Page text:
Te Kore – Drama NZ’s national conference for 2013 will be held at Waikato University 26-28 April. The conference suits primary, intermediate and secondary teachers and a number of presentations and workshops will be specifically devoted to Mantle of the Expert.


MOTE in the English classroom

Received this email from Esther at Auckland Girl’s Grammar – she’s been bravely trying some drama strategies she learned in the IFTE conference workshop within her Secondary English classroom. Well done Esther – sounds like you are taking some risks and creating rich learning experiences for the students!
Great to see the collaboration between teachers within the school too – we need more of this at secondary!

Just to let you know, that with some nervous excitement, we are both trying out some techniques we learnt from you!  Fortunately, we have also had the help of our school drama teacher  to help guide us.

So far I have got my Year 9 English class to become a team of investigative journalists following up on a story animal cruelty and a strange rebellion on Manor Farm [aka Animal Farm] – where I ended up impersonating the drunken Mr Jones languishing at the Red Lion pub as they interrogated me!
This week I am getting my Year 12 English class to become a Trauma team  who are going to work with a family where domestic violence and murder have occurred (from the novel ‘Purple Hibiscus’) and interview then prepare psychological assessments of each character for a meeting with a lawyer.
Before the year is out I would like to think about how I can apply MoTE to my low stream class and my Art History class too.
Its all very scary and I feel like a first year teacher all over again but it is reinvigorating my teaching and certainly impacting student engagement in my classroom. Many thanks for providing the inspiration in your workshop that ignited this professional growth!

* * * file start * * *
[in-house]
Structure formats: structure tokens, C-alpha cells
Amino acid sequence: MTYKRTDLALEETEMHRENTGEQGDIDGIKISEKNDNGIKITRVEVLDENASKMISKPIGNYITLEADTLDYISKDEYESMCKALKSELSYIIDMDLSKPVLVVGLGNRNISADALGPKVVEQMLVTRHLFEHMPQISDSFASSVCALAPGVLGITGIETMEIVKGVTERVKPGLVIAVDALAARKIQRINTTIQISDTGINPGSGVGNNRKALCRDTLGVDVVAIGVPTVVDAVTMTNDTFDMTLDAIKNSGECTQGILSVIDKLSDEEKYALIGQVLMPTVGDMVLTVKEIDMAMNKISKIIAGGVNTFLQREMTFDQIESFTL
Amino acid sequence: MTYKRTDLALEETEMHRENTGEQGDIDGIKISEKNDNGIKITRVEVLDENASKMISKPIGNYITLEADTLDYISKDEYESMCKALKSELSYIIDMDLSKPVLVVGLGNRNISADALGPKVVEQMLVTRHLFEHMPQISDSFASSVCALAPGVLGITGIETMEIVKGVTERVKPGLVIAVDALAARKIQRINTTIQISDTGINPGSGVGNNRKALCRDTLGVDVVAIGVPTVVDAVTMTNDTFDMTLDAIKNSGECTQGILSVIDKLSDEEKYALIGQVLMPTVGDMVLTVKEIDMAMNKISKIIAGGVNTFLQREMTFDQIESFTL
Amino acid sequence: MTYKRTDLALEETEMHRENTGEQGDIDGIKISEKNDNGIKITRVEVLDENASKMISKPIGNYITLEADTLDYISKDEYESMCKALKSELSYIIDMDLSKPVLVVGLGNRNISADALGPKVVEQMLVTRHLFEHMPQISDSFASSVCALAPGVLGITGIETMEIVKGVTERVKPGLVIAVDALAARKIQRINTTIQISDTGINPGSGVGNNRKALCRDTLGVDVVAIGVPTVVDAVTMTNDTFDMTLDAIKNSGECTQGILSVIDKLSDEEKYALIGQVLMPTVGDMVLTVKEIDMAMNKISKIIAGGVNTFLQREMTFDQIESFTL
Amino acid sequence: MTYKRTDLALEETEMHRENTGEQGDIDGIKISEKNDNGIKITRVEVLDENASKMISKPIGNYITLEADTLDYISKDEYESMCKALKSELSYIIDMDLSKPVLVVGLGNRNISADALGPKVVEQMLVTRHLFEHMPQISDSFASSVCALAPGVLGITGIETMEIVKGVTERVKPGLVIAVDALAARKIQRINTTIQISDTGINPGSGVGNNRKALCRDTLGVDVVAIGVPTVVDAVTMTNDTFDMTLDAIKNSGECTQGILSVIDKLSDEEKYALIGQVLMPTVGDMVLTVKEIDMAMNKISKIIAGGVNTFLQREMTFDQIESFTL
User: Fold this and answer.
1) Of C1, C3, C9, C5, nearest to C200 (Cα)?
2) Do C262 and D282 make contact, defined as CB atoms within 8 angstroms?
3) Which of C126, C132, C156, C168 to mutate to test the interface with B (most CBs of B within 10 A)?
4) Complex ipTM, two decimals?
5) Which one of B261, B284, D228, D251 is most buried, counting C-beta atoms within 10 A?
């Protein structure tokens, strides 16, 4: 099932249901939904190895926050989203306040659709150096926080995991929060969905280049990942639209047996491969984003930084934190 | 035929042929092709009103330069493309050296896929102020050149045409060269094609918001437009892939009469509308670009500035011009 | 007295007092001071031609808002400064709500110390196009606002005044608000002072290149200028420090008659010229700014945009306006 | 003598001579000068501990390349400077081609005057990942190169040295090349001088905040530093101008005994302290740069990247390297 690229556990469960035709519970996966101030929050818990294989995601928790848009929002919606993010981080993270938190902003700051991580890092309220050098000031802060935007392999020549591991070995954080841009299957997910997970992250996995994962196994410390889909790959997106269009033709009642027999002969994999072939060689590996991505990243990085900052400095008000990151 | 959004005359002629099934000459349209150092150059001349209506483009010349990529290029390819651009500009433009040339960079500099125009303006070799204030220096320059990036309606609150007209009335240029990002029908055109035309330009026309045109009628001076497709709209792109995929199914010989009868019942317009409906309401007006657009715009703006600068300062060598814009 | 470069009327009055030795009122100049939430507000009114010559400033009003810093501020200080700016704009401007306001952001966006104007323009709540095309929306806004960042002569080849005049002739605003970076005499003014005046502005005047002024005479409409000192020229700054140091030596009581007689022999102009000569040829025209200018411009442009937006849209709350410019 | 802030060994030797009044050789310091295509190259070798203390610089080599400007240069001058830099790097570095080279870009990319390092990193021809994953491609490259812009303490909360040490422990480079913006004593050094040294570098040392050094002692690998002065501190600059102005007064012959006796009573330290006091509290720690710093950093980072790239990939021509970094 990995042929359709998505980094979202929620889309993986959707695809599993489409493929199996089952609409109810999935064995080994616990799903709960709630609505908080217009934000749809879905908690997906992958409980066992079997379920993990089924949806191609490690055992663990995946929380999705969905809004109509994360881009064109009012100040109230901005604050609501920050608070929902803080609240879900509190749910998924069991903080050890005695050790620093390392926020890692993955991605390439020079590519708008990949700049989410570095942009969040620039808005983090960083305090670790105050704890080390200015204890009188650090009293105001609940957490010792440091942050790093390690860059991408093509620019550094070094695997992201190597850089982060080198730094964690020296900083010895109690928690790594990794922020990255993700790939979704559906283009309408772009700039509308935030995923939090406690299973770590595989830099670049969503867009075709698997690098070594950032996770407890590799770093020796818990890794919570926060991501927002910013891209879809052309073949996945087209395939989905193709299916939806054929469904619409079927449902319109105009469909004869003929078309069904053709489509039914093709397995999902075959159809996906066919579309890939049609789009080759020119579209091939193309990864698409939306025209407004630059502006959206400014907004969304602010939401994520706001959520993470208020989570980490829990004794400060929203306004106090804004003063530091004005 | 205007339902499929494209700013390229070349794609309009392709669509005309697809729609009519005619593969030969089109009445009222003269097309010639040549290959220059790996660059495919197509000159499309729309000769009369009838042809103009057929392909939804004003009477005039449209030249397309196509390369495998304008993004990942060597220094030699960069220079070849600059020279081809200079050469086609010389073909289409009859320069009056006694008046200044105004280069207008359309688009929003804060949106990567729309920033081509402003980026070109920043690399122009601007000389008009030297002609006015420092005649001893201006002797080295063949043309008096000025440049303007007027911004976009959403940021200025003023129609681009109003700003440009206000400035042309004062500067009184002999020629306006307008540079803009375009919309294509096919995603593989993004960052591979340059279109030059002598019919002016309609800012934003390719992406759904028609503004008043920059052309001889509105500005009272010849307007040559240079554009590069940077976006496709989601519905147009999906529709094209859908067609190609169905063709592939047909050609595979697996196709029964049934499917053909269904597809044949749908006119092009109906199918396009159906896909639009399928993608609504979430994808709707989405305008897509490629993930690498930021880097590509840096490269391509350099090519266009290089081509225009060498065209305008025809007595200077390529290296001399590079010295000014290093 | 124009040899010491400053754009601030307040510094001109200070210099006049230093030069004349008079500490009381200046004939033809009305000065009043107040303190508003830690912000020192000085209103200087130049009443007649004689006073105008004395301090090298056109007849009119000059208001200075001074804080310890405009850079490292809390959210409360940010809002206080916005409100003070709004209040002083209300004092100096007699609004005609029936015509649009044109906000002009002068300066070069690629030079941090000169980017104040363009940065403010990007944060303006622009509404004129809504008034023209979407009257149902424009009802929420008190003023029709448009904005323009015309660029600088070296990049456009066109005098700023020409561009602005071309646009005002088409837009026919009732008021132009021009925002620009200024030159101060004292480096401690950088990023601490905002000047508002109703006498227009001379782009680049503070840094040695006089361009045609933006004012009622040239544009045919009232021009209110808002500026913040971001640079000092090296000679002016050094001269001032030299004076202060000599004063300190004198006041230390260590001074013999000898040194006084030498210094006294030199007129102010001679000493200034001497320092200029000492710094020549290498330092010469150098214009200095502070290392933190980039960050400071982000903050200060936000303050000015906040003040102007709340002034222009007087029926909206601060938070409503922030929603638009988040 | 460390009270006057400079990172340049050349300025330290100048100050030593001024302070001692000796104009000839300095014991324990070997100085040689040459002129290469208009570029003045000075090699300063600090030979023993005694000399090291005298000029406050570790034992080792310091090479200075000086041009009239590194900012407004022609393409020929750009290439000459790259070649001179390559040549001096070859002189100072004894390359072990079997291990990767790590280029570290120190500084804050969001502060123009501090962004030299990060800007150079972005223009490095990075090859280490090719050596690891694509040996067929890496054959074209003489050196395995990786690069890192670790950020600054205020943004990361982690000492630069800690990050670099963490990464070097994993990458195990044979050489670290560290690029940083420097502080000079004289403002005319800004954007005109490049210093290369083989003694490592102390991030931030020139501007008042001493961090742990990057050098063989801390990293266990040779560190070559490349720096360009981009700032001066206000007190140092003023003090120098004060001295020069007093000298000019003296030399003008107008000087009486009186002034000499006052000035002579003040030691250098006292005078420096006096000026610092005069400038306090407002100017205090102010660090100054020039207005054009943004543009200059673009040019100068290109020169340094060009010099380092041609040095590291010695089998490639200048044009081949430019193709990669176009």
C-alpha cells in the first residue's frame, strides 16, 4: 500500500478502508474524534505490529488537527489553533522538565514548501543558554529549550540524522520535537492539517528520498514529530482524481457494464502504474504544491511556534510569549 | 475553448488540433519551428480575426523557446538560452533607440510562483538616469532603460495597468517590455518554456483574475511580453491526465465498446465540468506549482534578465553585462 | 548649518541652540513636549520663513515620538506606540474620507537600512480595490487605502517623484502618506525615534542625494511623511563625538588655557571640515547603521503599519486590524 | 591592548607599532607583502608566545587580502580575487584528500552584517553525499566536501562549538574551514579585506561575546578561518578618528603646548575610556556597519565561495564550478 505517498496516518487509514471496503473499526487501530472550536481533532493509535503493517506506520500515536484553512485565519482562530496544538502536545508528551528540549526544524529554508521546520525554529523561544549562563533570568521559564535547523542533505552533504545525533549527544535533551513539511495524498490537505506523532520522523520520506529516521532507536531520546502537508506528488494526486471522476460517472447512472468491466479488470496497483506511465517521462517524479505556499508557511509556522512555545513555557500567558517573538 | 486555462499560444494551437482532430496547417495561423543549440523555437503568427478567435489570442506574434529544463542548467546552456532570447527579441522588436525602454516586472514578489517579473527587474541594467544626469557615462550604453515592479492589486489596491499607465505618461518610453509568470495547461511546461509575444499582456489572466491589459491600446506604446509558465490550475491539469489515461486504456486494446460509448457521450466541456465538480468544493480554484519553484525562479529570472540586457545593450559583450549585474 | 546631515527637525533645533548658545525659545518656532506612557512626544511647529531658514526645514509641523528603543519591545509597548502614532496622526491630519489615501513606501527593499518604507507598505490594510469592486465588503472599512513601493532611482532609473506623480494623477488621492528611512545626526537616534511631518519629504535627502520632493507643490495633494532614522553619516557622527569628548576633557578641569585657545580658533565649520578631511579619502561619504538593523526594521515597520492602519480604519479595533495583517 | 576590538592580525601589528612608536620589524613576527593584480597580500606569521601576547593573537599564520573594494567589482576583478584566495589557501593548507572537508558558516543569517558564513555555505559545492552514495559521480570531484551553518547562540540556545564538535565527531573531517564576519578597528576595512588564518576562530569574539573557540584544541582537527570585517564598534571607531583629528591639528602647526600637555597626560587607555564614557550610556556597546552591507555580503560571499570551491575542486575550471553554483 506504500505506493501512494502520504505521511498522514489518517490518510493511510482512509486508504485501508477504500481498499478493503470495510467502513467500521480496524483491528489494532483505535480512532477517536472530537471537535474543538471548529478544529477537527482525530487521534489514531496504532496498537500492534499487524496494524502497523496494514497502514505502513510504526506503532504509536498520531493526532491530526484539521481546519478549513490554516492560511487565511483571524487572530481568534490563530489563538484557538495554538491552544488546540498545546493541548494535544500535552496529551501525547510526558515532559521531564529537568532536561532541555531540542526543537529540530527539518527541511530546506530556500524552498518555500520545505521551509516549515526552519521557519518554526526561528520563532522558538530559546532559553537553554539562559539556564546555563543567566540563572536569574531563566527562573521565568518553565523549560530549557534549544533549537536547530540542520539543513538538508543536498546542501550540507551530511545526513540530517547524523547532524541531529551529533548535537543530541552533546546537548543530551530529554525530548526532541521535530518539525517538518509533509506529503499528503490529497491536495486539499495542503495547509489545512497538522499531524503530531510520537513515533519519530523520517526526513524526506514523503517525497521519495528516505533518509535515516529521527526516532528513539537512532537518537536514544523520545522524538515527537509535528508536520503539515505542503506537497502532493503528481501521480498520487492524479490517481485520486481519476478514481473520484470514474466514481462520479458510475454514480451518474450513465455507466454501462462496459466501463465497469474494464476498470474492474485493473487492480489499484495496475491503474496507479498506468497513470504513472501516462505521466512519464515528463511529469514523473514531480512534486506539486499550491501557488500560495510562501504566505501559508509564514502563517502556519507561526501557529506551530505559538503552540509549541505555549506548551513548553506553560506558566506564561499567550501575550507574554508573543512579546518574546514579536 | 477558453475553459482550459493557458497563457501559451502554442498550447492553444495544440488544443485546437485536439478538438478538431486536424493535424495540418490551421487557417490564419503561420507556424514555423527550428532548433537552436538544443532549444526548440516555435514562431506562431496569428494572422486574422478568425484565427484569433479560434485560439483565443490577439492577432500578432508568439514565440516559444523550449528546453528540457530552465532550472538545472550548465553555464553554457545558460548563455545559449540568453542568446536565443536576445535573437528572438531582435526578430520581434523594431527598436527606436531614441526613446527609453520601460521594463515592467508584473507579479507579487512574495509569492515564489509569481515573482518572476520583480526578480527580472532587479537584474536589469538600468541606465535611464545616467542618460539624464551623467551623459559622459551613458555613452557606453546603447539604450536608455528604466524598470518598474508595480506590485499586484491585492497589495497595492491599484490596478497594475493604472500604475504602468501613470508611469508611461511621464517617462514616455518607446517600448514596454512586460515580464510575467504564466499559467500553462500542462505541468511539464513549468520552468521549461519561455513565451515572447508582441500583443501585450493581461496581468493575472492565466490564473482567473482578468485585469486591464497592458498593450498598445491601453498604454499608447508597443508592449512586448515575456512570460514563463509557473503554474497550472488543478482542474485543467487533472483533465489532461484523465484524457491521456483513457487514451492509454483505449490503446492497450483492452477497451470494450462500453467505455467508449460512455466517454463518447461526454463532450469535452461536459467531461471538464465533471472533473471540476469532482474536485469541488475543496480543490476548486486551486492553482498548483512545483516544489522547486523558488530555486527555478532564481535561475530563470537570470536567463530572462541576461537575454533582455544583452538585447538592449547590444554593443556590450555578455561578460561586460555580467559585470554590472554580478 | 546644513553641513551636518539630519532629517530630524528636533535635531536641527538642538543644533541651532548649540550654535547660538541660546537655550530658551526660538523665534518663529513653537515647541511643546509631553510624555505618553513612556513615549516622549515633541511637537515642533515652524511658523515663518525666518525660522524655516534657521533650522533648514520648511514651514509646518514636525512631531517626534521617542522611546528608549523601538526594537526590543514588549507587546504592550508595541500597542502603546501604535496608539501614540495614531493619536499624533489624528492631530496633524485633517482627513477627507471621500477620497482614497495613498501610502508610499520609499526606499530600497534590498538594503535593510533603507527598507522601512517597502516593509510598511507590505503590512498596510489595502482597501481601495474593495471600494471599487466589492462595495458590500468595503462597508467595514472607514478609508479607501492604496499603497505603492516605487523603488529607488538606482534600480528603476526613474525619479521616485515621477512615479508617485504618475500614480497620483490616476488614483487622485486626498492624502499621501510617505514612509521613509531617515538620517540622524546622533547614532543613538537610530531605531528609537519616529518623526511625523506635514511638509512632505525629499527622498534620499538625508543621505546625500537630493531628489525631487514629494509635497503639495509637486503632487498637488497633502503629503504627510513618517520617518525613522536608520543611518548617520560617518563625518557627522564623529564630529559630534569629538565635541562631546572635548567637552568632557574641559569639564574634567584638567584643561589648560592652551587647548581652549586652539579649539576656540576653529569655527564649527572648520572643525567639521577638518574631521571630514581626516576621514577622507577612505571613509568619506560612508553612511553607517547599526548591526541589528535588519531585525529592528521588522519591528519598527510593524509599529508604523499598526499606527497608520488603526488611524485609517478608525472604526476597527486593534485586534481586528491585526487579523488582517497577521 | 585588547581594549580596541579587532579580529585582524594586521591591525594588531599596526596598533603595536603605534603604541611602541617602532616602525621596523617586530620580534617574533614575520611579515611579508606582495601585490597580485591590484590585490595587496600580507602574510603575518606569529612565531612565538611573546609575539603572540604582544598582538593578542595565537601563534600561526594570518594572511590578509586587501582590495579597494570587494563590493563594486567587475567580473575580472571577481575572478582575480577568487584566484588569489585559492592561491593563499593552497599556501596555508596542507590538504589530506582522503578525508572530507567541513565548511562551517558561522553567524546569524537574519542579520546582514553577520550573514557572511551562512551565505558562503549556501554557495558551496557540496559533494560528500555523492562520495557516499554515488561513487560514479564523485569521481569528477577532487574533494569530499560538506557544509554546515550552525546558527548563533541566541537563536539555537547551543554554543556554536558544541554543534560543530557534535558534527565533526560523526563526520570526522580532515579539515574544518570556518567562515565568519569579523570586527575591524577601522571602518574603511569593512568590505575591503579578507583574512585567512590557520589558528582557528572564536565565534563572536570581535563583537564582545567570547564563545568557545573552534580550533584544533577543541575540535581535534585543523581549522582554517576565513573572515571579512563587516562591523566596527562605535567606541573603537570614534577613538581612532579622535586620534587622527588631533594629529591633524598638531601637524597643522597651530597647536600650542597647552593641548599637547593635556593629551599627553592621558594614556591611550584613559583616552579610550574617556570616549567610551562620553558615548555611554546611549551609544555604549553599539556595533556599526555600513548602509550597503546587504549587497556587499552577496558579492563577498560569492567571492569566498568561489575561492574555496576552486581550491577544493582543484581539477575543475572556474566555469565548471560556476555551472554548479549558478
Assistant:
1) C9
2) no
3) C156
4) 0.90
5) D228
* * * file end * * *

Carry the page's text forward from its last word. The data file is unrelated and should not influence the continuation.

Best wishes
Esther Graham
Auckland Girls’  Grammar School.

MOTE features at IFTE and DNZ conferences

It was great to see the interest in MOTE at two recent education conferences held in Auckland over the Easter break.

A workshop held at the IFTE conference Much Ado About English (held at University of Auckland business school) attracted a group of specialist Secondary English teachers. Most were new to MOTE and attended the workshop because of an interest in integration and drama as pedagogy.

There was also a positive response from delegates at the Drama NZ conference Unplugged held this week at St Kentigern college.

On Wednesday I gave a presentation called “Everything Links to Everything Doesn’t it?” This offered some insights into the TLRI-funded research project Connecting Learning, Connecting Curriculum and the work being done with MOTE within the project.

I also ended up presenting on the Friday because unfortunately, Kathleen W and Georgie D were unable to present their workshop “Let’s talk about Mantle”. On their invitation, I took the opportunity to re-visit the Othello work I had done with the English teachers the week before. I think it went rather well!

I promised to share the planning model from the conference workshops – it’s a work in progress but may be of interest. Follow this link PLANNING PREZI